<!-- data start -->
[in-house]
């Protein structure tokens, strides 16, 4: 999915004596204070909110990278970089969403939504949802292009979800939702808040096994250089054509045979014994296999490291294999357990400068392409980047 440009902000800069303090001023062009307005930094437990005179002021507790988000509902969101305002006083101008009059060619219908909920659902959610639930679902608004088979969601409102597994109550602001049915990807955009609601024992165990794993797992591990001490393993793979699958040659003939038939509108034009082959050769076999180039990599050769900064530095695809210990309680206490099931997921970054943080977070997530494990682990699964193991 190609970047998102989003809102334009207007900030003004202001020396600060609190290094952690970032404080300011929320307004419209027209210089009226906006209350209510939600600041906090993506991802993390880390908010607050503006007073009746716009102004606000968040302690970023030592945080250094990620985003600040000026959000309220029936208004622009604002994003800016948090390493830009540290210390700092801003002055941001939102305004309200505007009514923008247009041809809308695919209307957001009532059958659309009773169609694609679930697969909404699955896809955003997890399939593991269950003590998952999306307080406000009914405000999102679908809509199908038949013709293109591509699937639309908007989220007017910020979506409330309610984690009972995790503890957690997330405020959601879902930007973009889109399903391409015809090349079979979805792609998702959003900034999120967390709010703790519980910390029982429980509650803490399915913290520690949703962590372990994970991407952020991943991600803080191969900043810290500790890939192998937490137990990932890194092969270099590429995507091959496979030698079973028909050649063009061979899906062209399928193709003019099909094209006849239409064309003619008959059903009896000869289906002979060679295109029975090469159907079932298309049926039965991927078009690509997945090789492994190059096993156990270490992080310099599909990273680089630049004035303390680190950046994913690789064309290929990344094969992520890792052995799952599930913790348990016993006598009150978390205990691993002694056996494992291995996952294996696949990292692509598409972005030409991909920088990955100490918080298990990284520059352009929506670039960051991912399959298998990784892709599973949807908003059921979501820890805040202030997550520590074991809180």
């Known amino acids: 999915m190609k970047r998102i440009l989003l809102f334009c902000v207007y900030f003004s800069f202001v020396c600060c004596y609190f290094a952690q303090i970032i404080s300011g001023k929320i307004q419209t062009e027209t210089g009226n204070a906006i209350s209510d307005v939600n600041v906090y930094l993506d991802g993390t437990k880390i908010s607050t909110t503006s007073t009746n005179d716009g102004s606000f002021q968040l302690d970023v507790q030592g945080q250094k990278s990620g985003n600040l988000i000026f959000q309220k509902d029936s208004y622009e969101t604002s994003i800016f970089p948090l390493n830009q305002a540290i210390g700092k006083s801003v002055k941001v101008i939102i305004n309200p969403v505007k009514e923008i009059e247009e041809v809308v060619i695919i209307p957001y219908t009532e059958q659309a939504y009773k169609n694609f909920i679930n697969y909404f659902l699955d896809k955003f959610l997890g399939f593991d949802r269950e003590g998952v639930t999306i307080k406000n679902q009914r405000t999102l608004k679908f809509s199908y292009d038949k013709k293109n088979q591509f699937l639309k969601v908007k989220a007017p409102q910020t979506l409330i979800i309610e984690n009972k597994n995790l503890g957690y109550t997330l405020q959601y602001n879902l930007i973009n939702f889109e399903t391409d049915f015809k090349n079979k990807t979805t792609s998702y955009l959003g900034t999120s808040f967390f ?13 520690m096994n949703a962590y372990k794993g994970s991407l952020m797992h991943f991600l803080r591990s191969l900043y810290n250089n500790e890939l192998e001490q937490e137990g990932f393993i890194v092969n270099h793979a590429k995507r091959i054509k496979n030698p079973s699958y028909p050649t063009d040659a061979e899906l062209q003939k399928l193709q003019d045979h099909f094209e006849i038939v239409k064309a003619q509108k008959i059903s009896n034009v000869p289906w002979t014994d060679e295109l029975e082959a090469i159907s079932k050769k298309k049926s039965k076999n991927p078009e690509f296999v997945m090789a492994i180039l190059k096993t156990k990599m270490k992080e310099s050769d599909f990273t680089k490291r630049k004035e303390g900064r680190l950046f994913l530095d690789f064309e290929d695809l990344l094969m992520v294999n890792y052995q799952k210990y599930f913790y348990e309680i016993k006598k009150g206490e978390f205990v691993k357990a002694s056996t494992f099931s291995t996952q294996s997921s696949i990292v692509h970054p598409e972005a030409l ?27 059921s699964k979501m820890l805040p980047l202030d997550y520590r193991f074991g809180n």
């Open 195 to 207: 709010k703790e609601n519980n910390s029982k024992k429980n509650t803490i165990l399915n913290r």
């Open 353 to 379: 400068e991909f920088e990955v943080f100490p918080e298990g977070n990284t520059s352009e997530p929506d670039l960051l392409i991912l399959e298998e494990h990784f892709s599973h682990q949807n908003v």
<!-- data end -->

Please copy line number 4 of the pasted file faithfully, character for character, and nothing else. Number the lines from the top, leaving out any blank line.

């Open 195 to 207: 709010k703790e609601n519980n910390s029982k024992k429980n509650t803490i165990l399915n913290r």